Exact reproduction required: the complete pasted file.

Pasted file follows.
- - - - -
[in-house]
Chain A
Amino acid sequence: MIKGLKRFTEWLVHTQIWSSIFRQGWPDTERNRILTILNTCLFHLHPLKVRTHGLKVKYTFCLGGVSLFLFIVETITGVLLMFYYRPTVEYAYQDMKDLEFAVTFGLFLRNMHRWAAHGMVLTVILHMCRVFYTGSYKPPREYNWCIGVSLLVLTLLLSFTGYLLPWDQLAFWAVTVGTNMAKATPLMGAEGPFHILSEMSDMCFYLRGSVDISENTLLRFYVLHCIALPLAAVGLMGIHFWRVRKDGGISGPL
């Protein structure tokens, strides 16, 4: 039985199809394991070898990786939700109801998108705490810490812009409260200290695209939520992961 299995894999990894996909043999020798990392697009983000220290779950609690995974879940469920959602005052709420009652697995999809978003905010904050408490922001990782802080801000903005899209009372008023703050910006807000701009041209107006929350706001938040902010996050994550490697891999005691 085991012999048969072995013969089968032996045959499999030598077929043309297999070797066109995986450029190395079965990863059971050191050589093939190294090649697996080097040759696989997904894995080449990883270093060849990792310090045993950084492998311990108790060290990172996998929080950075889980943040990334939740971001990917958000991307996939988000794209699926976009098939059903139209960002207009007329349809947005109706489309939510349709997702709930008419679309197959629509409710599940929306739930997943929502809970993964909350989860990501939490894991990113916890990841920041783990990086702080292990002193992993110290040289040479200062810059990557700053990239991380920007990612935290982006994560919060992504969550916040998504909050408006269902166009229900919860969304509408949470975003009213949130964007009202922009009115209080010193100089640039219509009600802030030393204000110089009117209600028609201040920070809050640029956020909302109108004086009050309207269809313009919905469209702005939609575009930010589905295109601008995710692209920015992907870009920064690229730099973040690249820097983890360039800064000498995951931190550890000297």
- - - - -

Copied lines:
[in-house]
Chain A
Amino acid sequence: MIKGLKRFTEWLVHTQIWSSIFRQGWPDTERNRILTILNTCLFHLHPLKVRTHGLKVKYTFCLGGVSLFLFIVETITGVLLMFYYRPTVEYAYQDMKDLEFAVTFGLFLRNMHRWAAHGMVLTVILHMCRVFYTGSYKPPREYNWCIGVSLLVLTLLLSFTGYLLPWDQLAFWAVTVGTNMAKATPLMGAEGPFHILSEMSDMCFYLRGSVDISENTLLRFYVLHCIALPLAAVGLMGIHFWRVRKDGGISGPL
């Protein structure tokens, strides 16, 4: 039985199809394991070898990786939700109801998108705490810490812009409260200290695209939520992961 299995894999990894996909043999020798990392697009983000220290779950609690995974879940469920959602005052709420009652697995999809978003905010904050408490922001990782802080801000903005899209009372008023703050910006807000701009041209107006929350706001938040902010996050994550490697891999005691 085991012999048969072995013969089968032996045959499999030598077929043309297999070797066109995986450029190395079965990863059971050191050589093939190294090649697996080097040759696989997904894995080449990883270093060849990792310090045993950084492998311990108790060290990172996998929080950075889980943040990334939740971001990917958000991307996939988000794209699926976009098939059903139209960002207009007329349809947005109706489309939510349709997702709930008419679309197959629509409710599940929306739930997943929502809970993964909350989860990501939490894991990113916890990841920041783990990086702080292990002193992993110290040289040479200062810059990557700053990239991380920007990612935290982006994560919060992504969550916040998504909050408006269902166009229900919860969304509408949470975003009213949130964007009202922009009115209080010193100089640039219509009600802030030393204000110089009117209600028609201040920070809050640029956020909302109108004086009050309207269809313009919905469209702005939609575009930010589905295109601008995710692209920015992907870009920064690229730099973040690249820097983890360039800064000498995951931190550890000297």